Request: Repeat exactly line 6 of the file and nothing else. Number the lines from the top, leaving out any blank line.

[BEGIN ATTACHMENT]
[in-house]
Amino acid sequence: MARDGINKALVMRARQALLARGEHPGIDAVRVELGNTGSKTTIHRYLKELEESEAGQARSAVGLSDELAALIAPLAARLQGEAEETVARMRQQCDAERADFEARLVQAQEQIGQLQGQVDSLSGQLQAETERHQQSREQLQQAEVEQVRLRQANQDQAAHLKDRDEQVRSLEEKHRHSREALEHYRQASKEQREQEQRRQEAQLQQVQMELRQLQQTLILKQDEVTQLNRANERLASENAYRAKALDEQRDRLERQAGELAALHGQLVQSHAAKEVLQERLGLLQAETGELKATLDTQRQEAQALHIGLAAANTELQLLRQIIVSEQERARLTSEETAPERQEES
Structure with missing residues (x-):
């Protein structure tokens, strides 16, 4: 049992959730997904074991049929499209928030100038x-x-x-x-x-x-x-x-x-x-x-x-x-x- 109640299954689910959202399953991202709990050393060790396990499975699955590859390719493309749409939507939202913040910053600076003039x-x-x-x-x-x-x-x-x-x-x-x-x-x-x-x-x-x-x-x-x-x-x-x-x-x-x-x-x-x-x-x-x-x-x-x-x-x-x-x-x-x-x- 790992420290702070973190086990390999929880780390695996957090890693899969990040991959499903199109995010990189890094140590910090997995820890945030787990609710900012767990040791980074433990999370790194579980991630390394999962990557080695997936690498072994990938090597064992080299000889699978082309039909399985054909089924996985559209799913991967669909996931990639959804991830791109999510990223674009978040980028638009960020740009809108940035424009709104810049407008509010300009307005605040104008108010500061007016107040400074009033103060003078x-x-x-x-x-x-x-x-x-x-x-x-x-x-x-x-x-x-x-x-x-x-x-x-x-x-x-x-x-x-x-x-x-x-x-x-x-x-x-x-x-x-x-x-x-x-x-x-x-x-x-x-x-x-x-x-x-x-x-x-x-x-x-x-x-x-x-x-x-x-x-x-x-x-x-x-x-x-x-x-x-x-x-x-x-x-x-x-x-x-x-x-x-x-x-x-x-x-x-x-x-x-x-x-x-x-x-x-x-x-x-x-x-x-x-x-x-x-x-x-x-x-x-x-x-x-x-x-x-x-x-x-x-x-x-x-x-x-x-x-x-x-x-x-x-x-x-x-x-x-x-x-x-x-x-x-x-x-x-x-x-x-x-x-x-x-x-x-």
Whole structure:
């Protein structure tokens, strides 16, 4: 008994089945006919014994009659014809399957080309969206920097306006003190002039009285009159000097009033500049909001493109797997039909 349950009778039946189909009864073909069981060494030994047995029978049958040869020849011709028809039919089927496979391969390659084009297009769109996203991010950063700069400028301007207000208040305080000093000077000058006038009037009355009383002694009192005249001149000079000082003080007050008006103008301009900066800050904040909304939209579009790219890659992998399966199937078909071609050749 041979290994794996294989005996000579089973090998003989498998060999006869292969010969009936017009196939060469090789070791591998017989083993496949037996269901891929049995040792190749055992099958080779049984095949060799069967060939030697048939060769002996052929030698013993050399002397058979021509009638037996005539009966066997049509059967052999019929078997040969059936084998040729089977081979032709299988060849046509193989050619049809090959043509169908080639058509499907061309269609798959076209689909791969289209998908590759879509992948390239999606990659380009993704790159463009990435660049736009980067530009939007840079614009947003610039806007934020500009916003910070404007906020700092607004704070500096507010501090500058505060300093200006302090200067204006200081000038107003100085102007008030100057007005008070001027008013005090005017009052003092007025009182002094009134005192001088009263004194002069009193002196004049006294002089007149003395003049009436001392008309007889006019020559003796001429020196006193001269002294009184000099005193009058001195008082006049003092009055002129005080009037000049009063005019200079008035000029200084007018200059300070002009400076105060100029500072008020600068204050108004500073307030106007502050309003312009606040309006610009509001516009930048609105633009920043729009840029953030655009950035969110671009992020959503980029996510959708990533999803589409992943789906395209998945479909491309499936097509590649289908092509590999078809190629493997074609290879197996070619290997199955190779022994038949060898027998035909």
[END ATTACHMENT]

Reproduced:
């Protein structure tokens, strides 16, 4: 008994089945006919014994009659014809399957080309969206920097306006003190002039009285009159000097009033500049909001493109797997039909 349950009778039946189909009864073909069981060494030994047995029978049958040869020849011709028809039919089927496979391969390659084009297009769109996203991010950063700069400028301007207000208040305080000093000077000058006038009037009355009383002694009192005249001149000079000082003080007050008006103008301009900066800050904040909304939209579009790219890659992998399966199937078909071609050749 041979290994794996294989005996000579089973090998003989498998060999006869292969010969009936017009196939060469090789070791591998017989083993496949037996269901891929049995040792190749055992099958080779049984095949060799069967060939030697048939060769002996052929030698013993050399002397058979021509009638037996005539009966066997049509059967052999019929078997040969059936084998040729089977081979032709299988060849046509193989050619049809090959043509169908080639058509499907061309269609798959076209689909791969289209998908590759879509992948390239999606990659380009993704790159463009990435660049736009980067530009939007840079614009947003610039806007934020500009916003910070404007906020700092607004704070500096507010501090500058505060300093200006302090200067204006200081000038107003100085102007008030100057007005008070001027008013005090005017009052003092007025009182002094009134005192001088009263004194002069009193002196004049006294002089007149003395003049009436001392008309007889006019020559003796001429020196006193001269002294009184000099005193009058001195008082006049003092009055002129005080009037000049009063005019200079008035000029200084007018200059300070002009400076105060100029500072008020600068204050108004500073307030106007502050309003312009606040309006610009509001516009930048609105633009920043729009840029953030655009950035969110671009992020959503980029996510959708990533999803589409992943789906395209998945479909491309499936097509590649289908092509590999078809190629493997074609290879197996070619290997199955190779022994038949060898027998035909």